Was Trump Reasonable on Immigration?

Maybe we should talk more about the purpose of immigration.

Devin Foley | June 14, 2016

Maybe we should talk more about the purpose of immigration.
Was Trump Reasonable on Immigration?

Unsurprisingly, Donald Trump’s speech on Monday following the Orlando massacre has made some waves. Whether or not you agree with Trump, some of his points on immigration are worth pondering.

The entire transcript of his speech is available from Politico.  When Trump describes what he wants to do if he is elected, he stated:

The immigration laws of the United States give the President the power to suspend entry into the country of any class of persons that the President deems detrimental to the interests or security of the United States, as he deems appropriate.

I will use this power to protect the American people. When I am elected, I will suspend immigration from areas of the world when there is a proven history of terrorism against the United States, Europe or our allies, until we understand how to end these threats.

After a full, impartial and long overdue security assessment, we will develop a responsible immigration policy that serves the interests and values of America.

We cannot continue to allow thousands upon thousands of people to pour into our country, many of whom have the same thought process as this savage killer.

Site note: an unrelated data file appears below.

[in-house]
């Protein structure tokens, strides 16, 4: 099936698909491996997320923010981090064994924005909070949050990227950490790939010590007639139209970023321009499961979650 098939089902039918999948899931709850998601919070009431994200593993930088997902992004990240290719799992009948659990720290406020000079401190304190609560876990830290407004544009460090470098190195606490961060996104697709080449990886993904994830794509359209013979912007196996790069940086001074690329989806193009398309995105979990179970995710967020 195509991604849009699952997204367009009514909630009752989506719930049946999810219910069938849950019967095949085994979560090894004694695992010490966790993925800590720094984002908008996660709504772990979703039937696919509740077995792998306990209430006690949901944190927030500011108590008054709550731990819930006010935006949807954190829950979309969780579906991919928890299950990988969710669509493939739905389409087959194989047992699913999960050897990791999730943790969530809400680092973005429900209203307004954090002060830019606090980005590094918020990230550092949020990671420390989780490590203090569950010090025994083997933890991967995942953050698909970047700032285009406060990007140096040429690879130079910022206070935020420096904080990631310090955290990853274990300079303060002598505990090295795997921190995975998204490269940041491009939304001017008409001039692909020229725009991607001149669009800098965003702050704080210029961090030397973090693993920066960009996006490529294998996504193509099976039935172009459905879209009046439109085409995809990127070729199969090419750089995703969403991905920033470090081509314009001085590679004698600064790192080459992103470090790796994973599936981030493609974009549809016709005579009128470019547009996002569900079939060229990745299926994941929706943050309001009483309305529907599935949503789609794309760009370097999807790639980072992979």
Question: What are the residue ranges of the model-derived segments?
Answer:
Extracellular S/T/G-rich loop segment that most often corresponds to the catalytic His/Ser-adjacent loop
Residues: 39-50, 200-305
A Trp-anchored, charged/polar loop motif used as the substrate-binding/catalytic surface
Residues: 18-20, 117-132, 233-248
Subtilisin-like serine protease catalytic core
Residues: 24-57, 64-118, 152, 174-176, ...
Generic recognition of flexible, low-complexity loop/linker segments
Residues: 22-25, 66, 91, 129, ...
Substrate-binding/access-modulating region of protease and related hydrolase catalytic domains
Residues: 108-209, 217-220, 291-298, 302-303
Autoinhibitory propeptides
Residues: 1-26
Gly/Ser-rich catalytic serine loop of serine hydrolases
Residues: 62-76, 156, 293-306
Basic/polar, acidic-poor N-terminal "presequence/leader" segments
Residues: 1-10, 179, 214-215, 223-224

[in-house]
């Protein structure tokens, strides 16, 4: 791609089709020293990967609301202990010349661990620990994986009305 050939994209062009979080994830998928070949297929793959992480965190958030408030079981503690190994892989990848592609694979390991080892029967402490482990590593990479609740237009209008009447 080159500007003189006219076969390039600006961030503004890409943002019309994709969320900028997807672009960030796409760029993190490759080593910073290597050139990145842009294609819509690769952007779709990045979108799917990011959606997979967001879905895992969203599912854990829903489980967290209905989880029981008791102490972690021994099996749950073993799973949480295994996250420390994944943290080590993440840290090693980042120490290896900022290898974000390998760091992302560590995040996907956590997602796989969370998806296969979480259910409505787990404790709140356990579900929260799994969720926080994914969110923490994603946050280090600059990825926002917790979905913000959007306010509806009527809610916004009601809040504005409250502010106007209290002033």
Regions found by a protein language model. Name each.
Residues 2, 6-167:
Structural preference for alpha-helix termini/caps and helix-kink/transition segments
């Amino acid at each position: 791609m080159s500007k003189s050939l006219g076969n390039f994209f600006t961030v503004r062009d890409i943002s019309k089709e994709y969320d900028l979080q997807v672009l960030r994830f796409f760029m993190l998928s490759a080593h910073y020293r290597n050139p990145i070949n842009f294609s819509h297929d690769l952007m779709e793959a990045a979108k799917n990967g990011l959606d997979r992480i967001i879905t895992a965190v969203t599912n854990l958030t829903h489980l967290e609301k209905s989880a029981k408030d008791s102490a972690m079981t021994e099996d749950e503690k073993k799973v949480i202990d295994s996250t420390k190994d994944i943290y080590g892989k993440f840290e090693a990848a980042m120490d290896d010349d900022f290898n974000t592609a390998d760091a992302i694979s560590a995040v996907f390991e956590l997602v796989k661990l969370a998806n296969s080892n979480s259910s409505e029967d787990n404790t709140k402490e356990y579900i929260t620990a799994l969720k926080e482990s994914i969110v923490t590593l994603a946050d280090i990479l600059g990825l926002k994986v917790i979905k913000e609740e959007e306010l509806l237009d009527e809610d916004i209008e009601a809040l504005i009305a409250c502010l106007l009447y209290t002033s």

Many of the principles of Radical Islam are incompatible with Western values and institutions.

Perhaps the most salient point that raises reasonable questions is the following:

After a full, impartial and long overdue security assessment, we will develop a responsible immigration policy that serves the interests and values of America.

In the debates about immigration we rarely see any discussion about the purpose of immigration or what benefits America. Is it reasonable to have that discussion? It seems so.

Throughout this country’s history, we have limited immigration in some fashion. In 1889, President Benjamin Harrison stated,

The privileges of American citizenship are so great and its duties so grave that we may well insist upon a good knowledge of every person applying for citizenship and a good knowledge by him of our institutions. We should not cease to be hospitable to immigration, but we should cease to be careless as to the character of it. There are men of all races, even the best, whose coming is necessarily a burden upon our public revenues or a threat to social order. These should be identified and excluded.

As America grew and spread across the continent, settling enormous tracts of land – yes, land that was once under the control of Native Americans – immigration was a benefit. But how much of a benefit is it today? Out of goodwill or altruism, do we simply take all those who desire to come here? Or do we consider what’s in the best interest of Americans? And if the latter, what is in our best interest?